|Welcome to the latest issue of Diplomat Brief. This week our top story explores a long-pending legal case accusing U.S. oil giant ExxonMobil of abetting rape, tortute, and other forms of violence against local residents near a plant in Indonesia. We also have an interview with Camilla Pohle, a senior program specialist at the United States Institute of Peace, on the United States’ Pacific Islands strategy.|
|Story of the week|
|After 22 Years, ExxonMobil Finally Settles Indonesian Human Rights Case|
What Happened: During the height of Aceh’s separatist conflict in the late 1990s and early 2000s, ExxonMobil hired former Indonesian Army soldiers to guard its oil and gas plant in the town of Lhoksukon. Villagers from the area later alleged that they and their family members were tortured, sexually assaulted, raped, and beaten by these guards, whom they accuse of conducting sweeping raids in local villages. 11 plaintiffs filed a lawsuit against the U.S. giant in 2001. ExxonMobil denied responsibility for the abuses, but just before finally heading to a jury trial, the case has been settled, with ExxonMobil paying an unspecified amount of damages to the plaintiffs.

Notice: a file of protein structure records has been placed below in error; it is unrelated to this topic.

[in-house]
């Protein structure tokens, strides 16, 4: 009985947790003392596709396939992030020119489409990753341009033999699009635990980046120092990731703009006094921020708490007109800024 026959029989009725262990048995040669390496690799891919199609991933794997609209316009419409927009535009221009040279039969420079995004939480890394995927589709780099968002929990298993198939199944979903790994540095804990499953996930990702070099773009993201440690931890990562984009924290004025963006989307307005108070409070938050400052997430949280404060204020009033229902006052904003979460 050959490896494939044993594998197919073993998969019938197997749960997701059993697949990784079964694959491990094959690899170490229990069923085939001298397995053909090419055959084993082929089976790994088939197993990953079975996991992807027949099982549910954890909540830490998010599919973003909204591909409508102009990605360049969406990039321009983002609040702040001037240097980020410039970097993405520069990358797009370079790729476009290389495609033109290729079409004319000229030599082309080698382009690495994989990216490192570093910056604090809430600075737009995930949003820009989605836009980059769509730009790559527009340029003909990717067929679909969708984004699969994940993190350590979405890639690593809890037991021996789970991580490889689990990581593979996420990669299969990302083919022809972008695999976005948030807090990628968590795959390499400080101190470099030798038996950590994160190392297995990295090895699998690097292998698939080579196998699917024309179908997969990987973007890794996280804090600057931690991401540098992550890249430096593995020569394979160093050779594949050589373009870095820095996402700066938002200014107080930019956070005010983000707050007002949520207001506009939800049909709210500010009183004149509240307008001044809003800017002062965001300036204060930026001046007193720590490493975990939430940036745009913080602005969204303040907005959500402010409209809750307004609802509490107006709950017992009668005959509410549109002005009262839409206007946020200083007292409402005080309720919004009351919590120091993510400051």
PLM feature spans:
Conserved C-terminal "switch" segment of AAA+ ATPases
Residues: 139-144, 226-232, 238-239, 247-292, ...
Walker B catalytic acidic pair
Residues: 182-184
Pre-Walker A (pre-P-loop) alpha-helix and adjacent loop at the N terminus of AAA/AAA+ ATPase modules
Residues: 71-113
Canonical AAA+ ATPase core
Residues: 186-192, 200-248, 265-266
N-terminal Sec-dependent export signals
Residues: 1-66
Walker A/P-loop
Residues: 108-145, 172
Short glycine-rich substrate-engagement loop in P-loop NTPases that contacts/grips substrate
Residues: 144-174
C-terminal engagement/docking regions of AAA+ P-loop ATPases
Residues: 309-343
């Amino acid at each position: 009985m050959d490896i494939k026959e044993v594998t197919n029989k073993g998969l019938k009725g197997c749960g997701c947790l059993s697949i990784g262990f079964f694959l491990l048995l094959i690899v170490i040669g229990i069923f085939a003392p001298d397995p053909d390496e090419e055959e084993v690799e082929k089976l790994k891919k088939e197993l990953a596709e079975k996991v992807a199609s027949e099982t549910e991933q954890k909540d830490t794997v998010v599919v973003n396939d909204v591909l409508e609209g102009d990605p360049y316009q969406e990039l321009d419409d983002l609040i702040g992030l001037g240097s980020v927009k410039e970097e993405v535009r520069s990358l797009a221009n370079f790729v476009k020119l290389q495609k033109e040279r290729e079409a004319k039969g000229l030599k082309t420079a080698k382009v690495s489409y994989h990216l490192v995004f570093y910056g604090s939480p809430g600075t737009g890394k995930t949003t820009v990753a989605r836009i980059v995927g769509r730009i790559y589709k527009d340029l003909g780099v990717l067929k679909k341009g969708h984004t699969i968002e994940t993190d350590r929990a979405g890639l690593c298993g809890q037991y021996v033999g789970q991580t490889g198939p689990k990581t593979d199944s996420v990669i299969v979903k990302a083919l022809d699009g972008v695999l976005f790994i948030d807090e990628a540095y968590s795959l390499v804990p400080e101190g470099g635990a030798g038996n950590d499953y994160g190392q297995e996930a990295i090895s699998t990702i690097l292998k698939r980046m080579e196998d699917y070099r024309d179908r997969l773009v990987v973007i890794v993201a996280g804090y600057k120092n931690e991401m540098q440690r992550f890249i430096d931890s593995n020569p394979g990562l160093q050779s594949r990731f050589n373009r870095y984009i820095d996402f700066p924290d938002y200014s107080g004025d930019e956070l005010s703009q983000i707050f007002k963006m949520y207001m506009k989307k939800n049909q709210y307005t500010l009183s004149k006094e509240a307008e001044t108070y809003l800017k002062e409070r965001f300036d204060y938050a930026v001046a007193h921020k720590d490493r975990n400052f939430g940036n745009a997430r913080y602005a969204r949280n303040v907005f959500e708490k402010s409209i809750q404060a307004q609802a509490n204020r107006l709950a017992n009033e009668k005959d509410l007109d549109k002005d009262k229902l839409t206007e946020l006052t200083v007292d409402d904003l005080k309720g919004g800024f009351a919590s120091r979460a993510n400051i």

Our Focus: The lawsuit dragged on for over 20 years, while ExxonMobil attempted to have the case dismissed. The settlement agreement was reached shortly before the civil trial was scheduled to finally start on May 24. The plaintiffs – all of whom wished to remain anonymous – expressed their relief to The Diplomat. “We are old men and women now and are all tired. Instead of dying without ever receiving justice, we are happy that we have managed to settle this peacefully,” one said. “I feel like justice has been served, but I won’t be happy until I receive the settlement money in my bank account,” another added. Several of the victims shared harrowing tales of kidnapping, torture, and death threats at the hands of the security guards.